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Working Paper No. 109. Reciprocity and Payment Schemes

PublicationWorking paper
Företagandets villkor, Jämställdhet, Lönebildning, Reciprocitet
Working Paper No. 109.
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Abstract

A growing literature stresses the importance of reciprocity, especially for employment relations. In this paper, we study the interaction of different payment modes with reciprocity. In particular,we analyze how equal wages affect performance and effciency in an environment characterized by contractual incompleteness. In our experiment, one principal is matched with two agents. The principal pays equal wages in one treatment and can set individual wages in the other. We find that the use of equal wages elicits substantially lower efforts and effciency. This is not caused by monetary incentives per se since under both wage schemes it is profit-maximizing for agents to exert high efforts. The treatment difference is rather driven by the fact that reciprocity is violated far more frequently in the equal wage treatment. Agents suffering from a violation of reciprocity subsequently withdraw effort. Our results suggest that individual reward and punishment opportunities are crucial for making reciprocity a powerful contract enforcement device.

Abeler, J., Altmann, S., Kube, S. & Wibral, M. (2006). Reciprocity and Payment Schemes: When Equality Is Unfair. Ratio Working Paper No. 109.

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Working Paper No. 109. Reciprocity and Payment Schemes
Working paperPublication
Abeler, J., Altmann, S., Kube, S. & Wibral, M.
Publication year

2006

Published in

Ratio Working Paper

Abstract

A growing literature stresses the importance of reciprocity, especially for employment relations. In this paper, we study the interaction of different payment modes with reciprocity. In particular,we analyze how equal wages affect performance and effciency in an environment characterized by contractual incompleteness. In our experiment, one principal is matched with two agents. The principal pays equal wages in one treatment and can set individual wages in the other. We find that the use of equal wages elicits substantially lower efforts and effciency. This is not caused by monetary incentives per se since under both wage schemes it is profit-maximizing for agents to exert high efforts. The treatment difference is rather driven by the fact that reciprocity is violated far more frequently in the equal wage treatment. Agents suffering from a violation of reciprocity subsequently withdraw effort. Our results suggest that individual reward and punishment opportunities are crucial for making reciprocity a powerful contract enforcement device.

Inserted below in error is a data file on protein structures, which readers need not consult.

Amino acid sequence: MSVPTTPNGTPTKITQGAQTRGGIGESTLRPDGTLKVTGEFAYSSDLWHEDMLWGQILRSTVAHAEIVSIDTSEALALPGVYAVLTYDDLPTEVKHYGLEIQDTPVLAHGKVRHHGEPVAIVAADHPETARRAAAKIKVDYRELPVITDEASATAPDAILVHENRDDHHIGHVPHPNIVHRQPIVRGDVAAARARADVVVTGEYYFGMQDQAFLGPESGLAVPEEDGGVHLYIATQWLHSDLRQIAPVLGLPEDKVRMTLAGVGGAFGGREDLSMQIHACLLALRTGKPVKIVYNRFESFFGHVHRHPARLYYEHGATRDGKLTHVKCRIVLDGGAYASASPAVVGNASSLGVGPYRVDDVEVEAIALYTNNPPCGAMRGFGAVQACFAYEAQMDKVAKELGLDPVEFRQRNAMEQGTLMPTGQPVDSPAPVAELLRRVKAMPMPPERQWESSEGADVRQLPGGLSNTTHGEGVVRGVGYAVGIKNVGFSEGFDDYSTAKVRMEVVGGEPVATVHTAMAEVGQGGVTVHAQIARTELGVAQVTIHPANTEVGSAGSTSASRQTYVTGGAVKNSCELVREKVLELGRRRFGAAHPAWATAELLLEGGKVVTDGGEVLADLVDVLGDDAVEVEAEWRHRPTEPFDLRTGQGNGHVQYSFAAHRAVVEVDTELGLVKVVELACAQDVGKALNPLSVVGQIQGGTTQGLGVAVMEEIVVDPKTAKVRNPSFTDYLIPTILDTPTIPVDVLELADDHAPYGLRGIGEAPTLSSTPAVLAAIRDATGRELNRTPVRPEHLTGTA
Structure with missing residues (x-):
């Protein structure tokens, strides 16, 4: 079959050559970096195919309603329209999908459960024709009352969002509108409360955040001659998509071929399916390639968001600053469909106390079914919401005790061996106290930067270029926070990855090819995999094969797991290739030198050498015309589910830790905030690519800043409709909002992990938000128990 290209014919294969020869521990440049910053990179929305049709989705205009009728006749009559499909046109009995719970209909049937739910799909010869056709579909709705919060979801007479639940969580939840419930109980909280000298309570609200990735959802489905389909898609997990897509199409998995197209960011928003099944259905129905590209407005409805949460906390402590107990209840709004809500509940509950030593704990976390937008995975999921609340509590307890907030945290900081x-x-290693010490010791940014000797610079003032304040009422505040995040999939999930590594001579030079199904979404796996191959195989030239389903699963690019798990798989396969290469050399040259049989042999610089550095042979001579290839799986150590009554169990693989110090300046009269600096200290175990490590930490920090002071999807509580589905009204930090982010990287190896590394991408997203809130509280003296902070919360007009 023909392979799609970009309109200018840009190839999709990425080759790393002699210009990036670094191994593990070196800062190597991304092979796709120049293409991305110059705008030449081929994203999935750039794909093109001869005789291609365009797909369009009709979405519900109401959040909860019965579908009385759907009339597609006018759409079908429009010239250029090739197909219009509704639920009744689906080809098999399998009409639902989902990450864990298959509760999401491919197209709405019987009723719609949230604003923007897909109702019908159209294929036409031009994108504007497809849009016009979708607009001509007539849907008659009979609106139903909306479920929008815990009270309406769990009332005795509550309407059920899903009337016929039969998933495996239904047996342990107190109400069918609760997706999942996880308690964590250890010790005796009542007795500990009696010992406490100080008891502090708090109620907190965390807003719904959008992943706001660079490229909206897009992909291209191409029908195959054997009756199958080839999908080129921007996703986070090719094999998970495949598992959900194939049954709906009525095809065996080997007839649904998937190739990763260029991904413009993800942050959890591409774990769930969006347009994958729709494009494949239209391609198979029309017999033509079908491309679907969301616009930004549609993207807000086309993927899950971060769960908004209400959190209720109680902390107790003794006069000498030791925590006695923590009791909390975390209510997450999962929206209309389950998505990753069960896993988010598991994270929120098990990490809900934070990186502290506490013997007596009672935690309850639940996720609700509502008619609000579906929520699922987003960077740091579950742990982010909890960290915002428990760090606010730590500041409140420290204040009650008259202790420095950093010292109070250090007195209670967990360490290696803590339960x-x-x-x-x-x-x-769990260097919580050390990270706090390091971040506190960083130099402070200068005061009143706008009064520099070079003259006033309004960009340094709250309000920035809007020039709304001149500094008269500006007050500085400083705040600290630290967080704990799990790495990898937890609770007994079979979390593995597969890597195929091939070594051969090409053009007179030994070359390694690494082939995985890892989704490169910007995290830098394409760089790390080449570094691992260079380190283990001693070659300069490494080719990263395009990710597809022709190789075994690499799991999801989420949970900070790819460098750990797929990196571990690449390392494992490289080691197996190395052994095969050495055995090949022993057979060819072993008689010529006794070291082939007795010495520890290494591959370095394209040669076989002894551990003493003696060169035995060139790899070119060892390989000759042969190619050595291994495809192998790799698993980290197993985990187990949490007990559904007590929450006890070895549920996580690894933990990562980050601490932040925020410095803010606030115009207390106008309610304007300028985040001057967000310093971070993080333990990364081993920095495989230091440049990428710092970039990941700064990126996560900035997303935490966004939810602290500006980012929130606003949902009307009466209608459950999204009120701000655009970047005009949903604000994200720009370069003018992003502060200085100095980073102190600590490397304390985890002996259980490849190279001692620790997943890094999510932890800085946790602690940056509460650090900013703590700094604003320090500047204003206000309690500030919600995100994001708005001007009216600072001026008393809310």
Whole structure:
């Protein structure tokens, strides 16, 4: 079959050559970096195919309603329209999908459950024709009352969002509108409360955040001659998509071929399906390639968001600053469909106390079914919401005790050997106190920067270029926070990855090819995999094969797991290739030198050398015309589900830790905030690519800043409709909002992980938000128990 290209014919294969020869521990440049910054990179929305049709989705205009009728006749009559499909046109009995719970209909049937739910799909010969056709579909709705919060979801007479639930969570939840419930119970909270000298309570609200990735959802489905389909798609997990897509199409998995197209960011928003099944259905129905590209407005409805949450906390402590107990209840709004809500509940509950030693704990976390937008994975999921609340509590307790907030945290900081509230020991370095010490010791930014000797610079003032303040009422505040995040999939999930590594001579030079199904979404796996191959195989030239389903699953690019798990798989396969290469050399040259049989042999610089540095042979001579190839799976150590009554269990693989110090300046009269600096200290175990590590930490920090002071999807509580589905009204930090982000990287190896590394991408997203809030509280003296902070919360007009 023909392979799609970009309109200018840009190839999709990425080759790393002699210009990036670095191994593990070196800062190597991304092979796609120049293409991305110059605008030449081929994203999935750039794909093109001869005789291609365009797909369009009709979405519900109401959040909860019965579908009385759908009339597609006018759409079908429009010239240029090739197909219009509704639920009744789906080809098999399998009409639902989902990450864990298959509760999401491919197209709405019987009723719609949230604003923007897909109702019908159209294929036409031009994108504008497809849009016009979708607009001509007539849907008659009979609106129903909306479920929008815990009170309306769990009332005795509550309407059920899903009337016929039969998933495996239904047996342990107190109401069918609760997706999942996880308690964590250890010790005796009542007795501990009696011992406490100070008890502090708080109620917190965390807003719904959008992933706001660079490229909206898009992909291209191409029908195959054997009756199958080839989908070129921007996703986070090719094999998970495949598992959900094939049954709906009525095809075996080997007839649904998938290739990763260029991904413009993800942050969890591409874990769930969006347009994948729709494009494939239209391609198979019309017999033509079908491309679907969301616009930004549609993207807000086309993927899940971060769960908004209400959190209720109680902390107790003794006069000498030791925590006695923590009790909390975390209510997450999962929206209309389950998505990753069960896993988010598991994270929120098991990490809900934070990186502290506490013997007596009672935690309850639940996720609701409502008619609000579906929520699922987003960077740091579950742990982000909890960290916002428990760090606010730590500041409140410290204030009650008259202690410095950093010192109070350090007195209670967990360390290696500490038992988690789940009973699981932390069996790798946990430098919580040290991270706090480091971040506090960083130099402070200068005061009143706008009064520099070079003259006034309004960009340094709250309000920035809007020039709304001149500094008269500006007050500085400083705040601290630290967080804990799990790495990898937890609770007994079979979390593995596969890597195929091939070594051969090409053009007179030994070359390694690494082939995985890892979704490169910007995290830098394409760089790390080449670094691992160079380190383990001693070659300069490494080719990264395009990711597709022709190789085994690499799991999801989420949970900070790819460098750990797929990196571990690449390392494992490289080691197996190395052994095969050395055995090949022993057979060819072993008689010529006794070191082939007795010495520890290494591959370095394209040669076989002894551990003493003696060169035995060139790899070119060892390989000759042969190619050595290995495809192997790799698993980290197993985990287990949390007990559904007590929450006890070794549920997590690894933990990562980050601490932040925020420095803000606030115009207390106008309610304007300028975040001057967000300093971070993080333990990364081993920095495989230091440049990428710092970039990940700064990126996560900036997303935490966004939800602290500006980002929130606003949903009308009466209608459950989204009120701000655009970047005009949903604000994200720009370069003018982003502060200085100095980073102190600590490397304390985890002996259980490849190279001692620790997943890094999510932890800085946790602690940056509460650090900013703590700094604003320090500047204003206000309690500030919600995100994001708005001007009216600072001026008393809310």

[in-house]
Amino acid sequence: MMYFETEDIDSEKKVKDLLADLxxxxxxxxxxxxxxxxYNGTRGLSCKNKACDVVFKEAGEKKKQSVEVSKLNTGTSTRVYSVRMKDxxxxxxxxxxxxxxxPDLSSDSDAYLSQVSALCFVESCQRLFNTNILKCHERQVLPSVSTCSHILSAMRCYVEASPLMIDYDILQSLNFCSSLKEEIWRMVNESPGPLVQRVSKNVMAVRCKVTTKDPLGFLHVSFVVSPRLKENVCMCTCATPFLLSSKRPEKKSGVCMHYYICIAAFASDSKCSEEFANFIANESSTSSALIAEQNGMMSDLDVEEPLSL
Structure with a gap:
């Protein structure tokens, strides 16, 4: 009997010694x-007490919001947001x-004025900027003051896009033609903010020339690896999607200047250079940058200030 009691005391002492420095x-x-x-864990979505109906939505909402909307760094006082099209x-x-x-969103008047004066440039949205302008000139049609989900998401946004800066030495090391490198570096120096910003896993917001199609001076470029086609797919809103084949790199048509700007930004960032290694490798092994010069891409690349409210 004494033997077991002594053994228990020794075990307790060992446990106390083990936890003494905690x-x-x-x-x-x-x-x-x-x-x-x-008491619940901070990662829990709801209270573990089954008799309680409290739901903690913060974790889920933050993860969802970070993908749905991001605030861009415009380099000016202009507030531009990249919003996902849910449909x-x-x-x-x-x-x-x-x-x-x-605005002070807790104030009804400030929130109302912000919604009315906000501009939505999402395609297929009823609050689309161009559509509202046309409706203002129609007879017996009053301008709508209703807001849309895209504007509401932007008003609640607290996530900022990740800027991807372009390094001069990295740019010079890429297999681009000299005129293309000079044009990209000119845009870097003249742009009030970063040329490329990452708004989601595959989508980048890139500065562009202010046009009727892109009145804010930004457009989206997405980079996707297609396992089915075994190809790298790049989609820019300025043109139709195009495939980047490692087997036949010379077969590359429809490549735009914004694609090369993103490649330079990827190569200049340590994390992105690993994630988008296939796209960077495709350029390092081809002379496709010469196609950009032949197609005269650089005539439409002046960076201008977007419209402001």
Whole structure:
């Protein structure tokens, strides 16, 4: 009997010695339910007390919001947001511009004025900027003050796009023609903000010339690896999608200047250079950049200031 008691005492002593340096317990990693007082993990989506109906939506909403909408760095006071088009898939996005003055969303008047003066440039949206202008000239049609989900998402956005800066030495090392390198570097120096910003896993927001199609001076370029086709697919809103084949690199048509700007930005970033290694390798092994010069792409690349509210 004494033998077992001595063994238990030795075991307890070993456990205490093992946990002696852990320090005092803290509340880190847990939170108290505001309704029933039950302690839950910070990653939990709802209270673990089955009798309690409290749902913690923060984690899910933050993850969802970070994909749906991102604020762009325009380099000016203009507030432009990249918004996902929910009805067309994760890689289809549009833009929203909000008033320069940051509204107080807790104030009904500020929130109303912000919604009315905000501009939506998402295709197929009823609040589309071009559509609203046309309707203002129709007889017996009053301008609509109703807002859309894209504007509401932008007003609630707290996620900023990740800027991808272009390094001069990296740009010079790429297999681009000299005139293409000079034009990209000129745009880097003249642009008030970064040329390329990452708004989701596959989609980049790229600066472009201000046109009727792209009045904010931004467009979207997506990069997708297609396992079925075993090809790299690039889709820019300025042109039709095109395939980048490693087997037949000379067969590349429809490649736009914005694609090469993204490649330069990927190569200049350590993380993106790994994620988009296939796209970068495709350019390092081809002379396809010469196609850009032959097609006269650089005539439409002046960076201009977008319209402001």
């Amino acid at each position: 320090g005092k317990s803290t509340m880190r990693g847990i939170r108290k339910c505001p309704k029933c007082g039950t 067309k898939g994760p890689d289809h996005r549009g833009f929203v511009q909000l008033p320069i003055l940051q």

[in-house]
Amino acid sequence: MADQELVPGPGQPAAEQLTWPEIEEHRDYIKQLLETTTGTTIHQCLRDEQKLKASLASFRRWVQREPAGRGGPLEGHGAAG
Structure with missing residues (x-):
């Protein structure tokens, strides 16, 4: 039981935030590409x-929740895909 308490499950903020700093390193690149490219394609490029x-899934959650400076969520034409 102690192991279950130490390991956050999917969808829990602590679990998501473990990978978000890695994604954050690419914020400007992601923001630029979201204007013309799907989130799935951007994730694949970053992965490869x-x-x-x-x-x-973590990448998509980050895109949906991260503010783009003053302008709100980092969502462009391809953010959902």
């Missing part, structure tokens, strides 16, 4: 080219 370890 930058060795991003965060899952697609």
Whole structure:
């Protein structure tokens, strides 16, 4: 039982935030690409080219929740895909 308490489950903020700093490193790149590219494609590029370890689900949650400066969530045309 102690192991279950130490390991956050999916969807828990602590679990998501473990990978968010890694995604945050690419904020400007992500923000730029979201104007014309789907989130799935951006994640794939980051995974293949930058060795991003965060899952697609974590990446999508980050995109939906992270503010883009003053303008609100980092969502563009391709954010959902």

Working Paper No. 109. Reciprocity and Payment Schemes
Working paperPublication
Abeler, J., Altmann, S., Kube, S. & Wibral, M.
Publication year

2006

Published in

Ratio Working Paper

Abstract

A growing literature stresses the importance of reciprocity, especially for employment relations. In this paper, we study the interaction of different payment modes with reciprocity. In particular,we analyze how equal wages affect performance and effciency in an environment characterized by contractual incompleteness. In our experiment, one principal is matched with two agents. The principal pays equal wages in one treatment and can set individual wages in the other. We find that the use of equal wages elicits substantially lower efforts and effciency. This is not caused by monetary incentives per se since under both wage schemes it is profit-maximizing for agents to exert high efforts. The treatment difference is rather driven by the fact that reciprocity is violated far more frequently in the equal wage treatment. Agents suffering from a violation of reciprocity subsequently withdraw effort. Our results suggest that individual reward and punishment opportunities are crucial for making reciprocity a powerful contract enforcement device.

Ratio Working Paper No. 349: Industrial conflict in essential services in a new era – Swedish rules in a comparative perspective
Working paperPublication
Karlson, N.
Publication year

2021

Published in

Ratio Working Paper

Abstract

This paper examines whether the Swedish regulatory system of dealing with industrial conflicts that affect essential services need an update or reform. Are the existing rules effective in a world where many essential services are upheld by many interdependent agents in complex systems where every single node becomes critical for the functioning of the system, and where the essential service activities could be either private or public? A comparative study is conducted with the corresponding regulatory systems of the United Kingdom, Germany, and Denmark.
The conclusion is that Sweden is a special case. The Swedish protection against and readiness in dealing with societally harmful industrial conflicts in essential services is weaker than in the countries of comparison. Just as in relation to other threats to essential services, it is not sustainable to claim that just because such a threat is not currently present, there would be no need for preparedness.
There are many alternative ways to handle this. Desirable methods should both prevent harmful conflicts from erupting and end conflicts that have grown harmful to society at a later stage. The labour market organisations should have a mutual interest in reforming the rules.

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